This is seriously getting ridiculous. Being a DM and making awesome terrain has become a bit of an obsession, and hopefully the payoff will be worth it when my players see the fruits of my toils. This all began with a graveyard scene for one of the encounters in Shadowfell. I created it with folded paper mausoleums, walls, and gates, and paper gravestones with funny names on them.
I put quite a bit of work into the graveyard, and had a lot of fun doing it. For the road and some other terrain, I used some Dungeon Tiles and some homemade terrain tiles that I printed. I taped it all down onto my "battle board", a creation of my own involving a dry erase board with permanent marker. After getting done with it, though, I realized that I would have one awesome looking encounter that lasted for exactly one encounter, and then I'll have to retire my awesome graveyard. That's a bummer. So, I got to thinking about how I could make sweet looking terrain at home without spending a fortune, and be able to use it for more than one encounter.
I've invested in a few packs of Dungeon Tiles, and they're great and look cool, but they have their problems. My biggest gripe is that you don't know what's in each pack. Wizards likes to create surprise packages -- I think it stems from Magic: The Gathering. They're really into not letting you know what's inside. The other gripe with Dungeon Tiles is that there aren't enough duplicates to make really big rooms. They've designed them so that you pretty much need to buy two of each set in order to make a good looking dungeon.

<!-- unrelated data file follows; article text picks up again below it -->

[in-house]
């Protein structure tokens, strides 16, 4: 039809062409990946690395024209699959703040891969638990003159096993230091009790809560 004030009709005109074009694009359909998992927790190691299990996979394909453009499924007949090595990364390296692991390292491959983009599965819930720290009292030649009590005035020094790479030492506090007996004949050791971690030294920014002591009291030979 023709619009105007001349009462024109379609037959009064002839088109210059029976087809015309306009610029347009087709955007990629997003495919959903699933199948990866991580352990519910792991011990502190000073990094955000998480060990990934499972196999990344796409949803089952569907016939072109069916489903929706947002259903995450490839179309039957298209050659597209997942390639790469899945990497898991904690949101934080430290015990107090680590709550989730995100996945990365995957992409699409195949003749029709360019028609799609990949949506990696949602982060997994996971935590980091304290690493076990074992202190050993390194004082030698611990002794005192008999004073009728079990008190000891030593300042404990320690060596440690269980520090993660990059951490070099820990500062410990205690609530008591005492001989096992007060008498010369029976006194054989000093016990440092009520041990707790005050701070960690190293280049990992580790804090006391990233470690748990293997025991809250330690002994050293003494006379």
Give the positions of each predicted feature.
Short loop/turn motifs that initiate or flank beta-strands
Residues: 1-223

Other tile sets are even more incredibly awesome, but ridiculously expensive. Case in point: Dwarven Forge. They look amazing and are much more customizable because the tiles don't often have things like furniture or dead bodies permanently painted on them. However, they're really pricy. So, I discovered a way to replace the money part with good ol' sweat, and I've come up with some rad tiles. First, I went to Home Depot and dropped 20 bucks on some tile. Like actual, bathroom tile. They had sheets of these 1-inch stone tiles for 10 bucks for an 11x11 square of tiles. However, the tiles are glued to a plastic mesh and spaced for grouting, so there's about an eighth of an inch of space between them straight off the rack. That won't do for my gaming. ;)
The other issue is that they come off of their plastic mesh rather easily. So, I decided to take them off, and use some wood glue and glue them to cardboard bases, to give them stability. I started by making some 2x2 inch squares, which will be good for creating hallways and also for setting side by side to create rooms.
Then I started making some larger pieces. So far, I have a couple of 3x3 and one 6x6 as well. It's fun spending time making stuff like this, but I wouldn't recommend it for anyone that's not a fan of modeling, because it gets monotonous. The glue from the mesh sticks to the tiles as well, so I found that in order to create a tight fit between tiles, I needed to use a little sandpaper to get the old glue off.
Happy gaming. I can't wait until the next session.